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Ten known to have died as result of flooding in Moravia

At least 10 people are known to have died after flooding hit parts of Moravia on Wednesday night. The latest victim was announced at one in the worst hit areas, Nový Jičín. Earlier the ninth victim - from Valašské Meziříčí - apparently died from a heart attack after his car was inundated. Three people drowned when their house in Jeseník nad Odrou was flooded. Others drowned in the nearby towns of Žilina, Žitovice and Černotín, while two elderly people died when they were unable to receive medical assistance because of the high waters. Hundreds of homes were flooded, people evacuated and roads, power, and rail links cut. The same region suffered nearly 50 deaths in flooding in 1997. Forecasters say the situation is unlikely to improve on Thursday as heavy rain and storms are expected to continue in Moravia and Silesia.

Government’s security council meets over floods

The government called a meeting of its security council to discuss the flood situation on Thursday morning. The meeting decided to immediately release 54 million crowns to help those hit by the floods. It also decided to send in 1,000 soldiers to dealing with the emergency. Most of these will be engineers. A call for soldiers to be dispatched had been made earlier by the regional governor of Moravia and Silesia, Jaroslav Palas. President Václav Klaus was also updated earlier on the disaster by Interior Minister Martin Pecina.

Czech economic confidence edges lower

Confidence in the Czech economy fell back in June after edging up during the previous three months. The national statistics office announced on Thursday that the overall confidence index fell by 0.9 of a percentage point in June to 78.4. The index stood at a 100 a year earlier. Confidence of consumers fell by one point and that of businessman by 0.9 of a percentage point compared with May

Czechs ranked 17th in EU wealth table

Czechs are on average the 17th poorest citizens of the 27-strong EU according to figures released by its statistics office Eurostat. Czechs come in around a third as wealthy as the EU’s wealthiest citizens, the Luxembourgers, and below the EU average. But they are the second richest citizens of the new member states in Central and Eastern Europe after the Slovenians and are twice as wealthy as the EU’s poorest, the Bulgarians.

Czech women on average earn 23.6 percent less than men

Czech women on average earn almost a quarter less than men, according to the results of a survey released by management recruitment company Anderson Willinger. It found that Czech women’s average wages were 23.6 percent lower. This is slightly better than the worst placed country – Austria – where the difference was 25.5 percent. The company said the difference was in part caused by the fact that in some countries wage differences between men and women are clearly defined as illegal. Also women tend to switch jobs less than men and often prefer that their working day does not exceed eight hours, it added.

Former PM Topolánek says EU presidency wasted opportunity in spite of successes

Civic Democrat leader and former prime minister Mirek Topolánek described the Czech EU presidency as a wasted opportunity on Thursday. He blamed the fall of the coalition government at the end of March. In spite of that, Mr Topolánek highlighted three successes: the April EU-US summit, opening up a debate about energy security in the EU, and avoiding protectionism as the economic crisis hit the continent. He added that the caretaker government of Prime Minister Jan Fischer had helped saved some Czech face following the government’s fall.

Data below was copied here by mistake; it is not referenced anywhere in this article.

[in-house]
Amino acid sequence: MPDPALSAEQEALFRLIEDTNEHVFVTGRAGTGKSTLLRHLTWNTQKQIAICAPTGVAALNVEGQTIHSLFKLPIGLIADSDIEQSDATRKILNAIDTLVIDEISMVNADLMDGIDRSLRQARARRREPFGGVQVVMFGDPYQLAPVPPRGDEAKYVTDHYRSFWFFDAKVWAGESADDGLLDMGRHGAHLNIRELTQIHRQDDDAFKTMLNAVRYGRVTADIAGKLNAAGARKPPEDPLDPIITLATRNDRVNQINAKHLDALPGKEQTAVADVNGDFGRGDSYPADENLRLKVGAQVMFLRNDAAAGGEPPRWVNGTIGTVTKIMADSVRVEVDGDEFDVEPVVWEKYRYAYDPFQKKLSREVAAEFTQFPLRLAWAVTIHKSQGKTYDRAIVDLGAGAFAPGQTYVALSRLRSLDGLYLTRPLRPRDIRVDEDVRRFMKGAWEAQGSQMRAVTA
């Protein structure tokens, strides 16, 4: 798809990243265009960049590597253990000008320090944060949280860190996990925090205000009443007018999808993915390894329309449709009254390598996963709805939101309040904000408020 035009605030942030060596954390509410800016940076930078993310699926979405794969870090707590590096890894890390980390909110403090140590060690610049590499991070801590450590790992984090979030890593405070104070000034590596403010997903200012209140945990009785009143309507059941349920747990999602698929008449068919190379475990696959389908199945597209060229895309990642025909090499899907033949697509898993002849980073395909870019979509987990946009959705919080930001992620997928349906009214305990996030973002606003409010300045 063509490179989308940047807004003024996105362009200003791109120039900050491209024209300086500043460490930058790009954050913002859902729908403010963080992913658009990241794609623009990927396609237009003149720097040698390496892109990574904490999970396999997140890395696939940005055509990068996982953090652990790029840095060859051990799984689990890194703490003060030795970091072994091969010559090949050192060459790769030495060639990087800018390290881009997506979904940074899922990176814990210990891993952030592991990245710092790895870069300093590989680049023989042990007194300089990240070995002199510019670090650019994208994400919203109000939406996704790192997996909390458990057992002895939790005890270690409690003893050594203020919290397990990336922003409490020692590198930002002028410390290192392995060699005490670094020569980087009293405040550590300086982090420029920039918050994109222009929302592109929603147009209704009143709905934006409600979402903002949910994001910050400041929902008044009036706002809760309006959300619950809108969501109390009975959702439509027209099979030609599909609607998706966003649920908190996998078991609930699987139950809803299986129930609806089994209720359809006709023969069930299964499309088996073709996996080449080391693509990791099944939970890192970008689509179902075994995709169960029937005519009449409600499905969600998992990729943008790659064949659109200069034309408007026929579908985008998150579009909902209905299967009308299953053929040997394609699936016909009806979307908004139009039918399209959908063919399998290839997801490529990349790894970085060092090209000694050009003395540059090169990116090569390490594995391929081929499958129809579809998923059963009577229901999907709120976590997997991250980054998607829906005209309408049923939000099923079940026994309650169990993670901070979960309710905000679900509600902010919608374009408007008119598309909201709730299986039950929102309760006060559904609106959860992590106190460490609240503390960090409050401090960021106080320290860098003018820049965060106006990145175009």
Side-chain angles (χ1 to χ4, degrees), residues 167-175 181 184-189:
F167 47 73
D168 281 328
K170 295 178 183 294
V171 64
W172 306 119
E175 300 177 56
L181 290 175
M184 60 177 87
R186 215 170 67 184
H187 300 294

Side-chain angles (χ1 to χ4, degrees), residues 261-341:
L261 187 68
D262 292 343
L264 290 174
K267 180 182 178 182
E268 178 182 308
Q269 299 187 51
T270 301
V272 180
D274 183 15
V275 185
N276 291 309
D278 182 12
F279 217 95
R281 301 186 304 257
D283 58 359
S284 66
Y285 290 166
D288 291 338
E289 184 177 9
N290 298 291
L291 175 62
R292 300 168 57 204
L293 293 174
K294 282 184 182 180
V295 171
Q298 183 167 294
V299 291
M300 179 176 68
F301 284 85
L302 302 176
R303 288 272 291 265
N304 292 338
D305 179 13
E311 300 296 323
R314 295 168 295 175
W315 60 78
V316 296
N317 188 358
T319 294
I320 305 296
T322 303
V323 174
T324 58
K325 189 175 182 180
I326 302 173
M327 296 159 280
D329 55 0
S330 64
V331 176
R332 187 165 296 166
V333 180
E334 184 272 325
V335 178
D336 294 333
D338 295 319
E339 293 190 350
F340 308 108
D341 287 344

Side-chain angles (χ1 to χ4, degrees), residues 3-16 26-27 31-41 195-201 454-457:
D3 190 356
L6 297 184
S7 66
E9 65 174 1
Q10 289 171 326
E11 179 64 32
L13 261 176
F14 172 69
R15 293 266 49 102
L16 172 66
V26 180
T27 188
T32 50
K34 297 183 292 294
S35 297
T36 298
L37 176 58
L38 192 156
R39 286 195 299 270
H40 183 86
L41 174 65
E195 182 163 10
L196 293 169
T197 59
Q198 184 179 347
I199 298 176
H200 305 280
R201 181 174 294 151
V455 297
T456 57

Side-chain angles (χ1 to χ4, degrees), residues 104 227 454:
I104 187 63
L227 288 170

Power giant ČEZ signs multi-billion crown gas plant contract

Czech electricity giant ČEZ signed a 20 billion crown contract on Thursday to build its first major gas-fired power plant in the country. The power plant will have a capacity of 841 MW and should start supplying power from 2013. Construction will be supervised by ČEZ engineering daughter company, Škoda Praha Invest. ČEZ is switching power production out of polluting coal-fired plants. However, the move into gas-powered plants is controversial since the country’s biggest supplier of natural gas is Russia.

EU opposed to construction in Jewish settlements on West Bank, says Czech minister

Representing the Czech presidency of the European Union, Czech Foreign Minister Jan Kohout said in Israel that the EU considered the building of houses in Jewish settlements on the West Bank a serious obstacle to peace in the Middle East. Mr Kohout made the comments after talks with Israeli and Palestinian politicians on Wednesday. He said a recent speech by Israeli Prime Minister Benjamin Netanyahu in which he for the first time acknowledged the right of Palestinians to their own state was a first significant step towards a peaceful solution to the situation in the Middle East.

Liberec world ski championship faces up to 116 million crown cash shortfall

Organisers of the Nordic World Ski Championships held near Liberec in February say they could be facing a 116 million crowns shortfall. The head of the championships’ organising committee, Kateřina Neumannová, told town representative that costs were around 30 million more than originally planned and income so far 86 million lower. Legal proceedings to recover some outstanding debts could mean that the event breaks even, she said, adding that the process to get the money would be long and complicated. The 12-day event was the first time the Czech Republic has hosted a world championship ski event. The organisation of the event has long been the subject of criticism.


Heavy rain and storms are forecast to continue in Moravia on Thursday afternoon with up to 4 centimetres of rain in some places. Heavy rainfall is forecast to hit the whole country over the next few days. Temperatures should improve, reaching up to 28 degrees Celsius.